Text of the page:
Updated: Jul. 20, 2014
This study explores the job satisfaction and career development of beginning teachers in Hong Kong at a time of education reform. The authors are interested to understand teachers’ reasons for joining the profession, and how their personal goals interact with the teaching environment to shape job satisfaction. The participants were eleven graduates from the Post-graduate Diploma of Education (PGDE) Primary Programme of the Hong Kong Institute of Education in 2007. The findings reveal that the school environment was found to be more determinative of teachers’ satisfaction and their initial teaching orientation. The authors suggest that teachers’ level of job satisfaction may be improved through systematically reducing their non-teaching workload by a generous increase in the number of supporting staff in schools.
Updated: Dec. 17, 2013
The Use of Grounded Theory to Investigate the Role of Teacher Education on STEM Teachers’ Career Paths in High-Need Schools
This study explored the role of teacher education programs on the career paths of 38 Noyce scholarship recipients by using grounded theory. The 38 Noyce scholars completed teacher education programs across the United States. The study resulted in a model of the pathway to retention in high-need settings based on the scholars’ perceptions as reported in the interviews. The use of an inductive grounded theory approach indicated that teacher education played a role on the scholars’ career paths.
Updated: Mar. 19, 2013
Teacher Job Satisfaction and Motivation to Leave the Teaching Profession: Relations with School Context, Feeling of Belonging, and Emotional Exhaustion
The current study examines the relations between school context variables and teachers’ feeling of belonging, emotional exhaustion, job satisfaction, and motivation to leave the teaching profession. Six aspects of the school context were measured: value consonance, supervisory support, relations with colleagues, relations with parents, time pressure, and discipline problems.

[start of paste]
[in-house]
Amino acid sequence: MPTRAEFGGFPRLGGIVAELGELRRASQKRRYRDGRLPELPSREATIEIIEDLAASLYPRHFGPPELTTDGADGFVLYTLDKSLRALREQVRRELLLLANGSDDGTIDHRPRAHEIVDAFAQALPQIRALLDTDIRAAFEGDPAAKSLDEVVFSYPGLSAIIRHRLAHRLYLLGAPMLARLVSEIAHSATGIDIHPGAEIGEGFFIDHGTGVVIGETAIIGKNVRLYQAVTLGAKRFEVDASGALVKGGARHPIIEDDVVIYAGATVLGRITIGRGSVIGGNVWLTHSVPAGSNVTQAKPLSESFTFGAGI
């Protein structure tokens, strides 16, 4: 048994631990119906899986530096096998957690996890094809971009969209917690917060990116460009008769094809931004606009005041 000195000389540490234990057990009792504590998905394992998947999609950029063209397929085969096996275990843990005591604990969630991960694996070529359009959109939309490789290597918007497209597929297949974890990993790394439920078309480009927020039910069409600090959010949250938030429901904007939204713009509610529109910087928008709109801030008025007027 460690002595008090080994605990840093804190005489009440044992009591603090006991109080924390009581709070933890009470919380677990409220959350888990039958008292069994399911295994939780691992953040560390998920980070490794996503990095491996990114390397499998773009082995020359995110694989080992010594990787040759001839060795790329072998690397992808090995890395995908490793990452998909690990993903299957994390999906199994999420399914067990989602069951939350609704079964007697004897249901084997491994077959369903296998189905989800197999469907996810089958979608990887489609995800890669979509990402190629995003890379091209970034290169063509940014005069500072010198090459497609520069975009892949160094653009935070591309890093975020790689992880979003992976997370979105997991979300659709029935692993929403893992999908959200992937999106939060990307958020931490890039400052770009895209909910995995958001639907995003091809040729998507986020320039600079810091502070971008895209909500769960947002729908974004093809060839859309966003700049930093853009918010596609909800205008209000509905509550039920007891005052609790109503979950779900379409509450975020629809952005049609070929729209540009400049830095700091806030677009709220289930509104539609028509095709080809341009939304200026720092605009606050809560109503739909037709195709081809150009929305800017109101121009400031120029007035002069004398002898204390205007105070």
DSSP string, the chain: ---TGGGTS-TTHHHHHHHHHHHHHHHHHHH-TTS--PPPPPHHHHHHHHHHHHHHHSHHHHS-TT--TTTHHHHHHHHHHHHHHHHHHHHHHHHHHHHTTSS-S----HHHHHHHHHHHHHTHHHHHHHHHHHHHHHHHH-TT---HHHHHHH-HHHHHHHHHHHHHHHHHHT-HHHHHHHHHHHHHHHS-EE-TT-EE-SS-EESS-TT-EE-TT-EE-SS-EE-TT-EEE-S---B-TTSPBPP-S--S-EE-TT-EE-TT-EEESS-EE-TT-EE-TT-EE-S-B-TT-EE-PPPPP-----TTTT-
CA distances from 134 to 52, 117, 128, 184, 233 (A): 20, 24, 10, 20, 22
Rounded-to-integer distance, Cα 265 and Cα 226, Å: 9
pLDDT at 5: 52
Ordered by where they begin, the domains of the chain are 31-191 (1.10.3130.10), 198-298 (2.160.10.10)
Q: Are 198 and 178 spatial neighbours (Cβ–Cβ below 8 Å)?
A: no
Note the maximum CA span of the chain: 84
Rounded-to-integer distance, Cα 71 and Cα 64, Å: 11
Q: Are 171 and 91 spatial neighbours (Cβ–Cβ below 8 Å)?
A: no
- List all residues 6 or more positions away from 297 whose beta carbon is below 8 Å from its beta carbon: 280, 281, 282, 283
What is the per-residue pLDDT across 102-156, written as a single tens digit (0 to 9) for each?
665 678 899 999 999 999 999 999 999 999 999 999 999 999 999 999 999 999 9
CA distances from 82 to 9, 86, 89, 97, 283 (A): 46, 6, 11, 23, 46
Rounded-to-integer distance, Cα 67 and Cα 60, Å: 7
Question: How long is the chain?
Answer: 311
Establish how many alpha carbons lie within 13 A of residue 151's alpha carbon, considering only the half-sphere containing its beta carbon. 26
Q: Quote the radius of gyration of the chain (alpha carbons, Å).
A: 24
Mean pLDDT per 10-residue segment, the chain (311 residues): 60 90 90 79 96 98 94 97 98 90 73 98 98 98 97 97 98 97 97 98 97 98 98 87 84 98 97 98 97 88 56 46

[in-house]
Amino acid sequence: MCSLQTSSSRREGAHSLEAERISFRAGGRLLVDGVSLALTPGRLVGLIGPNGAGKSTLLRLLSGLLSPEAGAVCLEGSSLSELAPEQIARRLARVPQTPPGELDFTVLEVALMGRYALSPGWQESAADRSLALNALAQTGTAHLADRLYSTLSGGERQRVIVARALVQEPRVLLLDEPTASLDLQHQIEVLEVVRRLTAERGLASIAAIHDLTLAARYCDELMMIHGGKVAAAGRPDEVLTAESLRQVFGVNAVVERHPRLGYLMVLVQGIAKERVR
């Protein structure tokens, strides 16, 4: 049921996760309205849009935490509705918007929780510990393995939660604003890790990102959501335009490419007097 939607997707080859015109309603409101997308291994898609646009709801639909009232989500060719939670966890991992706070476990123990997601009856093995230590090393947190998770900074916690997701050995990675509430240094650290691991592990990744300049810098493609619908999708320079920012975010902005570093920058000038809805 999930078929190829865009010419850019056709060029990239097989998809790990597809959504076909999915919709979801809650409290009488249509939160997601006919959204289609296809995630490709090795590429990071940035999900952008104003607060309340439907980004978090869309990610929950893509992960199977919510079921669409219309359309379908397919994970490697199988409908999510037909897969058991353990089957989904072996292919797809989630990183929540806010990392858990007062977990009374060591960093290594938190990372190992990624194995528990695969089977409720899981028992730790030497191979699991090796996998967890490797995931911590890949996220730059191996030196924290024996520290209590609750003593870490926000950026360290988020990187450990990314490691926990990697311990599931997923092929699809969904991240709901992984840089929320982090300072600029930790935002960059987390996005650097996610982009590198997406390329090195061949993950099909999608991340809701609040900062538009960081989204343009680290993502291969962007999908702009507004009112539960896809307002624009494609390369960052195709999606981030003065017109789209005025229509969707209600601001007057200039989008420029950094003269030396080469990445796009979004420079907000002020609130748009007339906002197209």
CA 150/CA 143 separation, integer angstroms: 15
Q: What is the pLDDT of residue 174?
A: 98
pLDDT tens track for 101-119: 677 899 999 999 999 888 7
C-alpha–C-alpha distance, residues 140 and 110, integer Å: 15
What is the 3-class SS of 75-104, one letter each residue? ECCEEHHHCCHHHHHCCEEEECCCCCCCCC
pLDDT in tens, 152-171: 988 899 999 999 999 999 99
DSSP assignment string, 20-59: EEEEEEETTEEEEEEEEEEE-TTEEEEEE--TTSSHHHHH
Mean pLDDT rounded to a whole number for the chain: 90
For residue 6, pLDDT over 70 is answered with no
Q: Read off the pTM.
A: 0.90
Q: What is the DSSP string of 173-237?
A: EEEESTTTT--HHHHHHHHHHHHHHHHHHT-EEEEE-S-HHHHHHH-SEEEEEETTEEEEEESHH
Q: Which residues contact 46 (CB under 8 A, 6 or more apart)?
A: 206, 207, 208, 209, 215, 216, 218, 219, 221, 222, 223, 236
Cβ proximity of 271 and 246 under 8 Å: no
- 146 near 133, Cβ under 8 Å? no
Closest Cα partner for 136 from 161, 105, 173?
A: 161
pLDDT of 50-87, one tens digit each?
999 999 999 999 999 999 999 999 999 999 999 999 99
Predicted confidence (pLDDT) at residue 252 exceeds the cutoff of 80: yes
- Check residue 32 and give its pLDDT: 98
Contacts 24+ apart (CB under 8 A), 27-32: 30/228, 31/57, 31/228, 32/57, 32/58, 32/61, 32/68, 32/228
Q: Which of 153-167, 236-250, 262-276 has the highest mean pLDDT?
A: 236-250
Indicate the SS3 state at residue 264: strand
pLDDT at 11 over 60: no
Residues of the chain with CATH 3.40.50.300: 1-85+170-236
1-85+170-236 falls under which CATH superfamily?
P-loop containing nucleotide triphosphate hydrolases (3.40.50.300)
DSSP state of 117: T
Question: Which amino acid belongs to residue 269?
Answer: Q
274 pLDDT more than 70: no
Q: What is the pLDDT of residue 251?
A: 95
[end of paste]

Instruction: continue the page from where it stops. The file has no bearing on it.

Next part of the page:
Updated: Jun. 27, 2012
How Context Matters in High-Need Schools: The Effects of Teachers’ Working Conditions on Their Professional Satisfaction and Their Students’ Achievement
In this article, the authors examine how working conditions predict both teachers’ job satisfaction and their career plans. The authors found that measures of the school environment explain away much of the apparent relationship between teacher satisfaction and student demographic characteristics. The conditions in which teachers work matter a great deal to them and, ultimately, to their students. Teachers are more satisfied and plan to stay longer in schools that have a positive work context, independent of the school’s student demographic characteristics.
Updated: May. 28, 2012
The current study examined the effect of administrative support on teachers’ job satisfaction and intent to stay in teaching. The findings reveal that administrative support was the most significant predictor of teachers’ job satisfaction. Furthermore, administrative support was also significant in predicting teachers' intent to stay. It was also found that administrative support mediated the effects of other teacher and student variables
Updated: Nov. 29, 2011